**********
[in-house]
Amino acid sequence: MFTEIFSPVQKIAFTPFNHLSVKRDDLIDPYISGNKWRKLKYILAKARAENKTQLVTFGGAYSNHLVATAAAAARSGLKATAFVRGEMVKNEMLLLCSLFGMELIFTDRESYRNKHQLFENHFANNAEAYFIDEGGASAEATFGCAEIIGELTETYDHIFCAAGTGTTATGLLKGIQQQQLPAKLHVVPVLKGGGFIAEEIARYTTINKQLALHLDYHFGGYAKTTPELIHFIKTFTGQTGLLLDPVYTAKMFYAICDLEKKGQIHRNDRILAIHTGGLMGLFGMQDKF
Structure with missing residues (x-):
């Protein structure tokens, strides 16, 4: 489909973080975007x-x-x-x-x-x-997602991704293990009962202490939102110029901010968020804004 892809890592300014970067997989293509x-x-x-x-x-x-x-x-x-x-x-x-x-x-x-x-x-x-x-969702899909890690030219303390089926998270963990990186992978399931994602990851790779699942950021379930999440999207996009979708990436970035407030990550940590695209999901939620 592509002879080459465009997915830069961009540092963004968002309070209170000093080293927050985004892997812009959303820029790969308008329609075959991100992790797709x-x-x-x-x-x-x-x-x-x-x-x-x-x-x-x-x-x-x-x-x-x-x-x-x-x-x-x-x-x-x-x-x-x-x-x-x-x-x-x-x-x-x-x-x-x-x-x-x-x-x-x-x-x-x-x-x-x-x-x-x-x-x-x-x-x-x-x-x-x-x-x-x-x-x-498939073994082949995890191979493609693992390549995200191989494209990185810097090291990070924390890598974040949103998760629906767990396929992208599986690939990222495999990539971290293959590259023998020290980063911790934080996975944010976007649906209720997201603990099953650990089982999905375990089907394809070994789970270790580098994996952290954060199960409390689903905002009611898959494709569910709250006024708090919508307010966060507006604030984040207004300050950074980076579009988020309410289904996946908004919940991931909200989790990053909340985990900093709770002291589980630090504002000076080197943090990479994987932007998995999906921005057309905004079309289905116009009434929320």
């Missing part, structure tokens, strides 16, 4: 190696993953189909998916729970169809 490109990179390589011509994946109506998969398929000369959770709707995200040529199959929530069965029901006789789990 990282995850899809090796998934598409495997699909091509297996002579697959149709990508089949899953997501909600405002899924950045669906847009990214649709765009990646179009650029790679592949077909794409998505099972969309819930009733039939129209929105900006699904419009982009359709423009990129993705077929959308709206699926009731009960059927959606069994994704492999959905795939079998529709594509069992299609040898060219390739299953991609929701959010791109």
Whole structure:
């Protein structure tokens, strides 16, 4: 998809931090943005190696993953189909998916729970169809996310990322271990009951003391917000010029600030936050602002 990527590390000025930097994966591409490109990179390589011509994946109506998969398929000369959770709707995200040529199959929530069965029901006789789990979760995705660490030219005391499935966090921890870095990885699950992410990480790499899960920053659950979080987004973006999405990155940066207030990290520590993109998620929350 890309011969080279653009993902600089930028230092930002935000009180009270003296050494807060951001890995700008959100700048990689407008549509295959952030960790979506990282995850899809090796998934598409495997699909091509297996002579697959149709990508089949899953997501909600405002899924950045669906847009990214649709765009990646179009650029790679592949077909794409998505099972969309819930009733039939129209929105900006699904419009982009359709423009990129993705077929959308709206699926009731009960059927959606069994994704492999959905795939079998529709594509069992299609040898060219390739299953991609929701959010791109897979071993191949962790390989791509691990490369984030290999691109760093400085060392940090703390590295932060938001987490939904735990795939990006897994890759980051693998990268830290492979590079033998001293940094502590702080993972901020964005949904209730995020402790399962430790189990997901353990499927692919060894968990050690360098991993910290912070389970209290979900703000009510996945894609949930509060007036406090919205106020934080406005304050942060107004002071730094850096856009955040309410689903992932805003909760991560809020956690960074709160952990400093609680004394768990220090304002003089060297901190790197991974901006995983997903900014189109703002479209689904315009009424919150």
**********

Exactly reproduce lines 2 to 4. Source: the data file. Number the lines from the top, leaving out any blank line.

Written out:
Amino acid sequence: MFTEIFSPVQKIAFTPFNHLSVKRDDLIDPYISGNKWRKLKYILAKARAENKTQLVTFGGAYSNHLVATAAAAARSGLKATAFVRGEMVKNEMLLLCSLFGMELIFTDRESYRNKHQLFENHFANNAEAYFIDEGGASAEATFGCAEIIGELTETYDHIFCAAGTGTTATGLLKGIQQQQLPAKLHVVPVLKGGGFIAEEIARYTTINKQLALHLDYHFGGYAKTTPELIHFIKTFTGQTGLLLDPVYTAKMFYAICDLEKKGQIHRNDRILAIHTGGLMGLFGMQDKF
Structure with missing residues (x-):
């Protein structure tokens, strides 16, 4: 489909973080975007x-x-x-x-x-x-997602991704293990009962202490939102110029901010968020804004 892809890592300014970067997989293509x-x-x-x-x-x-x-x-x-x-x-x-x-x-x-x-x-x-x-969702899909890690030219303390089926998270963990990186992978399931994602990851790779699942950021379930999440999207996009979708990436970035407030990550940590695209999901939620 592509002879080459465009997915830069961009540092963004968002309070209170000093080293927050985004892997812009959303820029790969308008329609075959991100992790797709x-x-x-x-x-x-x-x-x-x-x-x-x-x-x-x-x-x-x-x-x-x-x-x-x-x-x-x-x-x-x-x-x-x-x-x-x-x-x-x-x-x-x-x-x-x-x-x-x-x-x-x-x-x-x-x-x-x-x-x-x-x-x-x-x-x-x-x-x-x-x-x-x-x-x-498939073994082949995890191979493609693992390549995200191989494209990185810097090291990070924390890598974040949103998760629906767990396929992208599986690939990222495999990539971290293959590259023998020290980063911790934080996975944010976007649906209720997201603990099953650990089982999905375990089907394809070994789970270790580098994996952290954060199960409390689903905002009611898959494709569910709250006024708090919508307010966060507006604030984040207004300050950074980076579009988020309410289904996946908004919940991931909200989790990053909340985990900093709770002291589980630090504002000076080197943090990479994987932007998995999906921005057309905004079309289905116009009434929320």